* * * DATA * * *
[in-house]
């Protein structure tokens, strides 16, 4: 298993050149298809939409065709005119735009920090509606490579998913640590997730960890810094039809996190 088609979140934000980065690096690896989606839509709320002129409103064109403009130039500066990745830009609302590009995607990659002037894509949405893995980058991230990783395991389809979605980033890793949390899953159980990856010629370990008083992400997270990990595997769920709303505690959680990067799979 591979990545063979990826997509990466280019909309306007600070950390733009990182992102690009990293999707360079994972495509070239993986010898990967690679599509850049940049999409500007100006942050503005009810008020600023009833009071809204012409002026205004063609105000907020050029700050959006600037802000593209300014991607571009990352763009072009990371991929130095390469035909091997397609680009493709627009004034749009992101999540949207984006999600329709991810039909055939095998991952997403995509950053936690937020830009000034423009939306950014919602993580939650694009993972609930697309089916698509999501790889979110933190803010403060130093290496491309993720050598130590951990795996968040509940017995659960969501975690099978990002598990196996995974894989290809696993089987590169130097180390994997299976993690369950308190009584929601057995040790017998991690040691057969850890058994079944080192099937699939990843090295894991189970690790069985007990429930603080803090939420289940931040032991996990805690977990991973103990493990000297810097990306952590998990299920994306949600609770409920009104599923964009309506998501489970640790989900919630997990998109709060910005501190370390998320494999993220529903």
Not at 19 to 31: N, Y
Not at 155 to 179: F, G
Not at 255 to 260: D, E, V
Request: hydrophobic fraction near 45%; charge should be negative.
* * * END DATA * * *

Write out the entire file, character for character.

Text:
[in-house]
């Protein structure tokens, strides 16, 4: 298993050149298809939409065709005119735009920090509606490579998913640590997730960890810094039809996190 088609979140934000980065690096690896989606839509709320002129409103064109403009130039500066990745830009609302590009995607990659002037894509949405893995980058991230990783395991389809979605980033890793949390899953159980990856010629370990008083992400997270990990595997769920709303505690959680990067799979 591979990545063979990826997509990466280019909309306007600070950390733009990182992102690009990293999707360079994972495509070239993986010898990967690679599509850049940049999409500007100006942050503005009810008020600023009833009071809204012409002026205004063609105000907020050029700050959006600037802000593209300014991607571009990352763009072009990371991929130095390469035909091997397609680009493709627009004034749009992101999540949207984006999600329709991810039909055939095998991952997403995509950053936690937020830009000034423009939306950014919602993580939650694009993972609930697309089916698509999501790889979110933190803010403060130093290496491309993720050598130590951990795996968040509940017995659960969501975690099978990002598990196996995974894989290809696993089987590169130097180390994997299976993690369950308190009584929601057995040790017998991690040691057969850890058994079944080192099937699939990843090295894991189970690790069985007990429930603080803090939420289940931040032991996990805690977990991973103990493990000297810097990306952590998990299920994306949600609770409920009104599923964009309506998501489970640790989900919630997990998109709060910005501190370390998320494999993220529903």
Not at 19 to 31: N, Y
Not at 155 to 179: F, G
Not at 255 to 260: D, E, V
Request: hydrophobic fraction near 45%; charge should be negative.